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Thu, Dec 16, 2004 - Page 12 News List

US Fed nudges interest rates up again

CONFIDENCE The bank's policy-setting Federal Open Market Committee believes inflation can be kept at bay by slowly lifting credit costs from rock-bottom levels


US Federal Reserve policy-makers probably will keep nudging interest rates upward next year, trying to guard against inflation but moving moderately enough to keep the economy expanding.

The year's fifth one-quarter percentage point increase in a key short-term rate came on Tuesday at the Fed's last regularly scheduled meeting of the year.

That action left the federal funds rate at 2.25 percent, more than double the 46-year low of 1 percent where it stood before the Fed embarked on its string of rate increases in June.

The funds rate, the interest banks charge each other on overnight loans, is the Fed's main tool for influencing economic activity in the US.

The string of rate increases is part of a process to move up the funds rate to a more normal level now that the economy is on firm footing.

Private economists say continuing low rates could sow the seeds of inflation down the road.

"Get used to it: short-term interest rates are going to be lifted substantially over the next year," said Ken Mayland, president of ClearView Economics. "The Fed is not shadowboxing here."

On Tuesday, Fed policy-makers stuck to their view that future rate increases would be gradual.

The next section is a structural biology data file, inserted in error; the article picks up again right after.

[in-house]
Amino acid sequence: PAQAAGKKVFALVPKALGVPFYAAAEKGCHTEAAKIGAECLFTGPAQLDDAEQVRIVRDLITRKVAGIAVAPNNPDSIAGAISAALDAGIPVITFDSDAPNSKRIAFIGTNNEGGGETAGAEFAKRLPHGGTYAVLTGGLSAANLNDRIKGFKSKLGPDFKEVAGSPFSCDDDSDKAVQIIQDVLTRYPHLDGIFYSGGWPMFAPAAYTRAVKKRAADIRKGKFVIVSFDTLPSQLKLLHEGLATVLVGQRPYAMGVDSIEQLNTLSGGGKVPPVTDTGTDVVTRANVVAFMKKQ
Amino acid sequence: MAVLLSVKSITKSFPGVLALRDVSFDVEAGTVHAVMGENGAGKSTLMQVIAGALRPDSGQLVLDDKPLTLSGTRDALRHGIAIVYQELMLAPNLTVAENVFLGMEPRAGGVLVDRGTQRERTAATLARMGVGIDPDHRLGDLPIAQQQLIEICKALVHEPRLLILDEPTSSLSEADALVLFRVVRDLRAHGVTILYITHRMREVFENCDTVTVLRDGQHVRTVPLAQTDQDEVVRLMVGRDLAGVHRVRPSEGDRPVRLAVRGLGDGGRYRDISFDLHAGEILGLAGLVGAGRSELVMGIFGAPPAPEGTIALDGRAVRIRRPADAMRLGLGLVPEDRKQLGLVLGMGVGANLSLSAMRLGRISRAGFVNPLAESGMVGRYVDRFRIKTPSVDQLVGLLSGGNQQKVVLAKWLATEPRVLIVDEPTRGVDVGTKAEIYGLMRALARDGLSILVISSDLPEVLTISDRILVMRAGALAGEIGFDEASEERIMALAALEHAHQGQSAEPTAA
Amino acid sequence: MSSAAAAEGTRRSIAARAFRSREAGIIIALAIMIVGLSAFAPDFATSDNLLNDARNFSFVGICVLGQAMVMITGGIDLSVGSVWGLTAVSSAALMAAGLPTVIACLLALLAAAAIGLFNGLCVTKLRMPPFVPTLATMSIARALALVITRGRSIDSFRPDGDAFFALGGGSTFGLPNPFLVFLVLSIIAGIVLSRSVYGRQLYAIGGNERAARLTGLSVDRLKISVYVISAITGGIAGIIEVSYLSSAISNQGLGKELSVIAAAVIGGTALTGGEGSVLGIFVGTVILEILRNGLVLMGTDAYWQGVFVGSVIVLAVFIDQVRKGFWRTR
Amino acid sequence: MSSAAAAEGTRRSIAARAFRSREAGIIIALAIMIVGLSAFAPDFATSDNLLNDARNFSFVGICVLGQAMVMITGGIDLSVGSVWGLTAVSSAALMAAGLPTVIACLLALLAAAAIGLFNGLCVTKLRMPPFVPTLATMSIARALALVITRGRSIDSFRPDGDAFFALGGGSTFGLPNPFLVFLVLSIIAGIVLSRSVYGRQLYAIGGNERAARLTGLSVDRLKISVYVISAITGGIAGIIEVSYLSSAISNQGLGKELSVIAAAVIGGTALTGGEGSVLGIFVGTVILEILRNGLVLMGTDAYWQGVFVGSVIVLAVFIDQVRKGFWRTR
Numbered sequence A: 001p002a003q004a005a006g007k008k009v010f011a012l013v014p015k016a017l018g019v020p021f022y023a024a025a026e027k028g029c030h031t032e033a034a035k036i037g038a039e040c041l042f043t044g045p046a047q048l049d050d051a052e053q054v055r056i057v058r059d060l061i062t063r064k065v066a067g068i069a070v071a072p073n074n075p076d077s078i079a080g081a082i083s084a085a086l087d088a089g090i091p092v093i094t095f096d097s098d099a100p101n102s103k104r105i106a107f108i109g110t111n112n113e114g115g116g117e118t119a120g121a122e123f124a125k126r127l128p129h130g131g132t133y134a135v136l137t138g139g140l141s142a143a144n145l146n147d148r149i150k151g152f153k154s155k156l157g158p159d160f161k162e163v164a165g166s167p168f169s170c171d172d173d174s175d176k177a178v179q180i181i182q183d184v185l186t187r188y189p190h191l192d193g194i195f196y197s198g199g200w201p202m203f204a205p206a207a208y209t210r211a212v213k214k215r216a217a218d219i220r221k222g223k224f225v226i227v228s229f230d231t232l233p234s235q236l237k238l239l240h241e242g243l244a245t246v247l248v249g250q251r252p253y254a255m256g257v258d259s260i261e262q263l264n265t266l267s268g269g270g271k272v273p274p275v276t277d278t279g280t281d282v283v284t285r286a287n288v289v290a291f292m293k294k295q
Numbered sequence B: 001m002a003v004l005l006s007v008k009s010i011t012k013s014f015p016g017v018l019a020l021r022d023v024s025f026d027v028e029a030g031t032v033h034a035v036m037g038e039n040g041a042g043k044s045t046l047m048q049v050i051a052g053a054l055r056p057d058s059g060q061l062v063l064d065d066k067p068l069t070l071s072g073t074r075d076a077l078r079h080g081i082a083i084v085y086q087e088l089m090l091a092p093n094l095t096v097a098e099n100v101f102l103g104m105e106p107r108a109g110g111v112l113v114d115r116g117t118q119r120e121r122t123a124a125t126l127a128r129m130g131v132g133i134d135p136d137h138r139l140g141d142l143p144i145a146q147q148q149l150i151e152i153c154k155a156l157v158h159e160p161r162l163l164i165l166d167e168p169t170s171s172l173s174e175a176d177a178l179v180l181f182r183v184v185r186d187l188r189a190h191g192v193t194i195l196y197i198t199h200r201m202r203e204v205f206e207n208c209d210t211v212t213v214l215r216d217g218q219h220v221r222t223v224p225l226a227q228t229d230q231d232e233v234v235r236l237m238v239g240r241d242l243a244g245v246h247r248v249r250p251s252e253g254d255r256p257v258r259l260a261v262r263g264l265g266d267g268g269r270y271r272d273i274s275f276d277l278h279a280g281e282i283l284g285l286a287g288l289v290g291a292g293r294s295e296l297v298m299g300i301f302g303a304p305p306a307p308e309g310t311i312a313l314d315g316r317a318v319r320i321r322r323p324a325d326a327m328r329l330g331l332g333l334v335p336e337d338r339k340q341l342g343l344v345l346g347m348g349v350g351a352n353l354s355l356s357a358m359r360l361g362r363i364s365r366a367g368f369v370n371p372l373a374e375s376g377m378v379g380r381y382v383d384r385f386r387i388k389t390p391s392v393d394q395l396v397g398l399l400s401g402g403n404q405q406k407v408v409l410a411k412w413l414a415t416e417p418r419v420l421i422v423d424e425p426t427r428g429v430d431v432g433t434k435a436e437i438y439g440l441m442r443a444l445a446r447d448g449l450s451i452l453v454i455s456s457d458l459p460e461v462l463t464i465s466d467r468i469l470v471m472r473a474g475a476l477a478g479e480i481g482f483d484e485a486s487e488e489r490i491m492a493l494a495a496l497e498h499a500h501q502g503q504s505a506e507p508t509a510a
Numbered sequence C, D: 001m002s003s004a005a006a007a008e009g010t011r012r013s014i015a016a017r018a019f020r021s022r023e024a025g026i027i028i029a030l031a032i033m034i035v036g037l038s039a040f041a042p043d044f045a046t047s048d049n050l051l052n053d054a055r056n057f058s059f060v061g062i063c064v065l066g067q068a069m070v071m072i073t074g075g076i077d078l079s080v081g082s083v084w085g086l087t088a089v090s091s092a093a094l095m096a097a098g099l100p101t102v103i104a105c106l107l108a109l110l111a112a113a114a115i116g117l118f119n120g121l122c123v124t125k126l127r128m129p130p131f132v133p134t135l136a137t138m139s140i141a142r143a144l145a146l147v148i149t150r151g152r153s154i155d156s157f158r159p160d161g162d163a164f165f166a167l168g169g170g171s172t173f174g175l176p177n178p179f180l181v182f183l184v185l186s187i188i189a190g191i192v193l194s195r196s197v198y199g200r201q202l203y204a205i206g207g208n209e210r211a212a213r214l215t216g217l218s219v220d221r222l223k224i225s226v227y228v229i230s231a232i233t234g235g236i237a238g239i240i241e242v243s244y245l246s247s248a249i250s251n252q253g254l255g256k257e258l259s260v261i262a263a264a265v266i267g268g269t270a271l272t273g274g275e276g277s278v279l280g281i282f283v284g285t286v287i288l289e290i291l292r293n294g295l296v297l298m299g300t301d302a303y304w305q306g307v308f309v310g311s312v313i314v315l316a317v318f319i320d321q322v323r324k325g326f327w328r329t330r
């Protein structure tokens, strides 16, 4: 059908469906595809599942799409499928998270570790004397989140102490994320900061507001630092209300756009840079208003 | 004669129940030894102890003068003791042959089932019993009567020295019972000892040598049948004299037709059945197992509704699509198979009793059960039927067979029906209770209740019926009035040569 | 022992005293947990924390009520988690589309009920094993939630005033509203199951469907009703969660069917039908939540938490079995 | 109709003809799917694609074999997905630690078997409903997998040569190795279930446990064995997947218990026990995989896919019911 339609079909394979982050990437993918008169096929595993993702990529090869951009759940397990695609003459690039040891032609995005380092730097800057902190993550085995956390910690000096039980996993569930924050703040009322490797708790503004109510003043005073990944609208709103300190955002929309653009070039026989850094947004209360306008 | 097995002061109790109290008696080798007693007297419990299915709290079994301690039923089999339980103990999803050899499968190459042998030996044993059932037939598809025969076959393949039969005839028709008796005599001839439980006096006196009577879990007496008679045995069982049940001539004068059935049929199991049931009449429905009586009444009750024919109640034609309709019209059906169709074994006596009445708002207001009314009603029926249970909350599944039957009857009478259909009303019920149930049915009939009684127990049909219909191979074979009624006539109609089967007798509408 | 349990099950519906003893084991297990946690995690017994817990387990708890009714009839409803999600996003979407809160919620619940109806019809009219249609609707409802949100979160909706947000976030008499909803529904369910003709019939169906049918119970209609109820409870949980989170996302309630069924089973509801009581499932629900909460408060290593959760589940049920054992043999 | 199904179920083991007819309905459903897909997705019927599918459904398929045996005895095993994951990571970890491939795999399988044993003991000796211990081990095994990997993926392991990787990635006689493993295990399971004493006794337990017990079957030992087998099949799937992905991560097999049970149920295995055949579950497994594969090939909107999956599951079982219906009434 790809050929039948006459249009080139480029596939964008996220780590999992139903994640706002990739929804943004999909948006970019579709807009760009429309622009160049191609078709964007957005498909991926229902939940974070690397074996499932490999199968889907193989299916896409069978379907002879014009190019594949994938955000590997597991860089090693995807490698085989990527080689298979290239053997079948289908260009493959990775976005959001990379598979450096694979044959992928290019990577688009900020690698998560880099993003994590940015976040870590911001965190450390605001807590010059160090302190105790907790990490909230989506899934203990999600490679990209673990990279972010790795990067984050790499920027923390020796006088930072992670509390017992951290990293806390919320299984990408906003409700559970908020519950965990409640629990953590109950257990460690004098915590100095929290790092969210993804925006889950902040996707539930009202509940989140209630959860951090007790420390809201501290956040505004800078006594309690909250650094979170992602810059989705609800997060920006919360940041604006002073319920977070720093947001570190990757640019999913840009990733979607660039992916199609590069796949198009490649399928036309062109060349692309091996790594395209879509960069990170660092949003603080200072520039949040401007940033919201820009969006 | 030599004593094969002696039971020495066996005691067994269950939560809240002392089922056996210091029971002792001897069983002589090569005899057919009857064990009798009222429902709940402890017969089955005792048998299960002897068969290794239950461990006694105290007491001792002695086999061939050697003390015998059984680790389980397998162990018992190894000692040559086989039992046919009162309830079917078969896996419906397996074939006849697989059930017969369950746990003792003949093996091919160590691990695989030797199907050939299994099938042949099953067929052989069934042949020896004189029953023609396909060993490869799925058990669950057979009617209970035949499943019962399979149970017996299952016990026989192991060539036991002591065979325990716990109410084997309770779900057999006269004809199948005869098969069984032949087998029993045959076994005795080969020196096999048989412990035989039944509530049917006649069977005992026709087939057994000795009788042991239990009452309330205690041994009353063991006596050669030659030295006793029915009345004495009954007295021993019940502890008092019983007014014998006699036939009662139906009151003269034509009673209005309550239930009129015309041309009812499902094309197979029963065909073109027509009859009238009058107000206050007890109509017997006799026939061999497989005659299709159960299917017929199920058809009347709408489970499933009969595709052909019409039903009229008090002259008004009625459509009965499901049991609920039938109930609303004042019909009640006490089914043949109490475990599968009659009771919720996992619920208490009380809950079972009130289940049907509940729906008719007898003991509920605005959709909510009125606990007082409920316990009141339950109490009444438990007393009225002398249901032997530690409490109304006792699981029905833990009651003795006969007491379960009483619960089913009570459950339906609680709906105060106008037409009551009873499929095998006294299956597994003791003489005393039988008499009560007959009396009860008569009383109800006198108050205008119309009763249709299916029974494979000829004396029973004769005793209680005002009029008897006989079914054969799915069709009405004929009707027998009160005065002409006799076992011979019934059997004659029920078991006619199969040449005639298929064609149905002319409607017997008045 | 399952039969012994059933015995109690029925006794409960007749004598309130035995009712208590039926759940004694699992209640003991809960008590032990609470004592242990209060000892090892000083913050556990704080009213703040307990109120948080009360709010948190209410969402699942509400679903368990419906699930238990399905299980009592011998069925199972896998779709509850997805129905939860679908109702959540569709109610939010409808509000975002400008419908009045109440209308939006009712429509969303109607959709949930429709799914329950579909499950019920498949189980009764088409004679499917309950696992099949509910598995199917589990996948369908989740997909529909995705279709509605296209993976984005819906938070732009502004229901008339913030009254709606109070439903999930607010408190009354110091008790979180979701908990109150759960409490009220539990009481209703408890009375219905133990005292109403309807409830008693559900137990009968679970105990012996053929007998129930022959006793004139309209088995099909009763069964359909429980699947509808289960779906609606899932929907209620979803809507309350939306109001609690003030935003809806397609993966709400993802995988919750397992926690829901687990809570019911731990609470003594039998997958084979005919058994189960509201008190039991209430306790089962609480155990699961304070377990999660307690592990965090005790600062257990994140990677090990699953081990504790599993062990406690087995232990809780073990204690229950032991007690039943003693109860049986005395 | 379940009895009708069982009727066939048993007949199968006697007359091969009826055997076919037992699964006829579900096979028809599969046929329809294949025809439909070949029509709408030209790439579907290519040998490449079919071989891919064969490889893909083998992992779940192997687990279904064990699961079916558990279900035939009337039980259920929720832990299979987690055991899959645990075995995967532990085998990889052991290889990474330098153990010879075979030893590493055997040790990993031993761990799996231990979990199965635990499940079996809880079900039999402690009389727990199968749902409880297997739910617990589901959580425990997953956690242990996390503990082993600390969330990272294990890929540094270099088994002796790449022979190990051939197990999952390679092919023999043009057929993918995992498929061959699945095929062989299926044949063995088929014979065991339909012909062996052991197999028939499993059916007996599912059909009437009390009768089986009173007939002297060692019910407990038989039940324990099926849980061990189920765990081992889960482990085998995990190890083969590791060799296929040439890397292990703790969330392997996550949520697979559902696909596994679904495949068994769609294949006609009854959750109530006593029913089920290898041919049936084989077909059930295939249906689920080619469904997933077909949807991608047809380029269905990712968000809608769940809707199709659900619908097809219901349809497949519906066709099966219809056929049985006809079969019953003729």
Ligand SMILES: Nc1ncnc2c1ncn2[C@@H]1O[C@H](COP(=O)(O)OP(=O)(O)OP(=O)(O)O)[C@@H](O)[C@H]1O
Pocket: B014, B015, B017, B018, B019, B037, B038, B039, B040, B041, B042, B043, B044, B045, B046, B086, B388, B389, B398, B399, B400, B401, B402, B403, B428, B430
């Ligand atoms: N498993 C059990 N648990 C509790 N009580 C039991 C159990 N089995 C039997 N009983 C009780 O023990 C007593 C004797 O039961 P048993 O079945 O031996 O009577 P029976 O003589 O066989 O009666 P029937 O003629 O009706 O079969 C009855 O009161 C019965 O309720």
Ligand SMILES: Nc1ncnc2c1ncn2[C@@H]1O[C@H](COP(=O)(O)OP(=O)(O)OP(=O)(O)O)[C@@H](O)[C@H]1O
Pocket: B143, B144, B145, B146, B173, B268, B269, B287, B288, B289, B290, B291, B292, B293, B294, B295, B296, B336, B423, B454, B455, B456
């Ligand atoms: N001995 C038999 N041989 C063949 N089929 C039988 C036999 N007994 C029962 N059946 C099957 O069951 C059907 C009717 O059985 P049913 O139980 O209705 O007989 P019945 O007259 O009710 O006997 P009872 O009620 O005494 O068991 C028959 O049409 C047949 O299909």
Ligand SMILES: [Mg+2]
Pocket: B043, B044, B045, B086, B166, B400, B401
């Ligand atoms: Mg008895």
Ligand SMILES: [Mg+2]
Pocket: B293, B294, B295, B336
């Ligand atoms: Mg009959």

Economists said they expect another quarter-point boost at the Fed's next meeting on Feb. 1-2, the first of eight scheduled meetings next year.

Some economists predict the Fed wants to push up the funds rate to around 3.50 percent next year. Others think the funds rate will end up around 4 percent.

Either figure, they said, would be relatively neutral, meaning it would neither slow nor stimulate economic activity.

As a result of the Fed's action on Tuesday, commercial banks began increasing their prime lending rate to 5.25 percent from 5 percent. The prime lending rate, the benchmark for many short-term consumer and business loans, moves in step with the funds rate.

The Fed's latest rate action came as the economy continues to gain traction.

The economy grew at an annual rate of 3.9 percent in the July-to-September quarter.

The economy "appears to be growing at a moderate pace despite the earlier rise in energy prices," the Fed said.

Crude oil prices, which hit a record high of just over US$55 a barrel in late October, have moder-ated. Now prices are hovering close to US$42 a barrel.

From an economic perspective, inflation is "well-contained" currently, the Fed said.

Private economists expressed some misgivings that inflation might pick up, given slowing productivity growth, a weakening value of the US dollar and large increases in the price of certain raw materials used by businesses.

The US job market, meanwhile, continues to recover. The economy added a net 112,000 jobs last month, down from 303,000 the previous month.

"Labor market conditions continue to improve gradually,' the Fed said.

Lynn Reaser, chief economist at Banc of America Capital Management, called the Fed's rate increases "a vote of confidence in the sustainability of the expansion."

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